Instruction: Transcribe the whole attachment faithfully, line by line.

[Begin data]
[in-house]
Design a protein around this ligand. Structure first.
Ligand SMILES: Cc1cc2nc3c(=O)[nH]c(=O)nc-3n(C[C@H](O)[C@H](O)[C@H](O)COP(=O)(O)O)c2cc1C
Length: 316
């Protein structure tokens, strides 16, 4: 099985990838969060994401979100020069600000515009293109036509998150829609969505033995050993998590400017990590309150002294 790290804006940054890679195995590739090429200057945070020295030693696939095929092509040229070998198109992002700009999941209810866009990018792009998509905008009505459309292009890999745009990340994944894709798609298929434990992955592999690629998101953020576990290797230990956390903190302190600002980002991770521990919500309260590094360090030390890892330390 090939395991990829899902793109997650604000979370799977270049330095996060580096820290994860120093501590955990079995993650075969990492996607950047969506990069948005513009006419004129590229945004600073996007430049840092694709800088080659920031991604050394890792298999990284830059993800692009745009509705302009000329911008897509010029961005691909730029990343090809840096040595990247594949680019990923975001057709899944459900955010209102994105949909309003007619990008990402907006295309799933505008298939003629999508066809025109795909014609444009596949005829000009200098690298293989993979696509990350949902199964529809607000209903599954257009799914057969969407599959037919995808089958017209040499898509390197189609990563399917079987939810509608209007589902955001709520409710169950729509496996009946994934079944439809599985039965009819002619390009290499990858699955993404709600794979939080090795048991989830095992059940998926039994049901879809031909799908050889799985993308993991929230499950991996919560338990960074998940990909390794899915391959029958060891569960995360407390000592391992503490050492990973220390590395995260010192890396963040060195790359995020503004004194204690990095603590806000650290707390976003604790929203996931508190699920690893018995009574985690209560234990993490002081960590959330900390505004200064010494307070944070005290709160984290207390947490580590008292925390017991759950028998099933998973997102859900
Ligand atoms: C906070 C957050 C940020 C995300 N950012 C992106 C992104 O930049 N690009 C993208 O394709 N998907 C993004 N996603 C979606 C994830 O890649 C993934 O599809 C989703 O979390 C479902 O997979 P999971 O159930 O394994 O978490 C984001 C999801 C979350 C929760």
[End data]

[in-house]
Design a protein around this ligand. Structure first.
Ligand SMILES: Cc1cc2nc3c(=O)[nH]c(=O)nc-3n(C[C@H](O)[C@H](O)[C@H](O)COP(=O)(O)O)c2cc1C
Length: 316
């Protein structure tokens, strides 16, 4: 099985990838969060994401979100020069600000515009293109036509998150829609969505033995050993998590400017990590309150002294 790290804006940054890679195995590739090429200057945070020295030693696939095929092509040229070998198109992002700009999941209810866009990018792009998509905008009505459309292009890999745009990340994944894709798609298929434990992955592999690629998101953020576990290797230990956390903190302190600002980002991770521990919500309260590094360090030390890892330390 090939395991990829899902793109997650604000979370799977270049330095996060580096820290994860120093501590955990079995993650075969990492996607950047969506990069948005513009006419004129590229945004600073996007430049840092694709800088080659920031991604050394890792298999990284830059993800692009745009509705302009000329911008897509010029961005691909730029990343090809840096040595990247594949680019990923975001057709899944459900955010209102994105949909309003007619990008990402907006295309799933505008298939003629999508066809025109795909014609444009596949005829000009200098690298293989993979696509990350949902199964529809607000209903599954257009799914057969969407599959037919995808089958017209040499898509390197189609990563399917079987939810509608209007589902955001709520409710169950729509496996009946994934079944439809599985039965009819002619390009290499990858699955993404709600794979939080090795048991989830095992059940998926039994049901879809031909799908050889799985993308993991929230499950991996919560338990960074998940990909390794899915391959029958060891569960995360407390000592391992503490050492990973220390590395995260010192890396963040060195790359995020503004004194204690990095603590806000650290707390976003604790929203996931508190699920690893018995009574985690209560234990993490002081960590959330900390505004200064010494307070944070005290709160984290207390947490580590008292925390017991759950028998099933998973997102859900
Ligand atoms: C906070 C957050 C940020 C995300 N950012 C992106 C992104 O930049 N690009 C993208 O394709 N998907 C993004 N996603 C979606 C994830 O890649 C993934 O599809 C989703 O979390 C479902 O997979 P999971 O159930 O394994 O978490 C984001 C999801 C979350 C929760």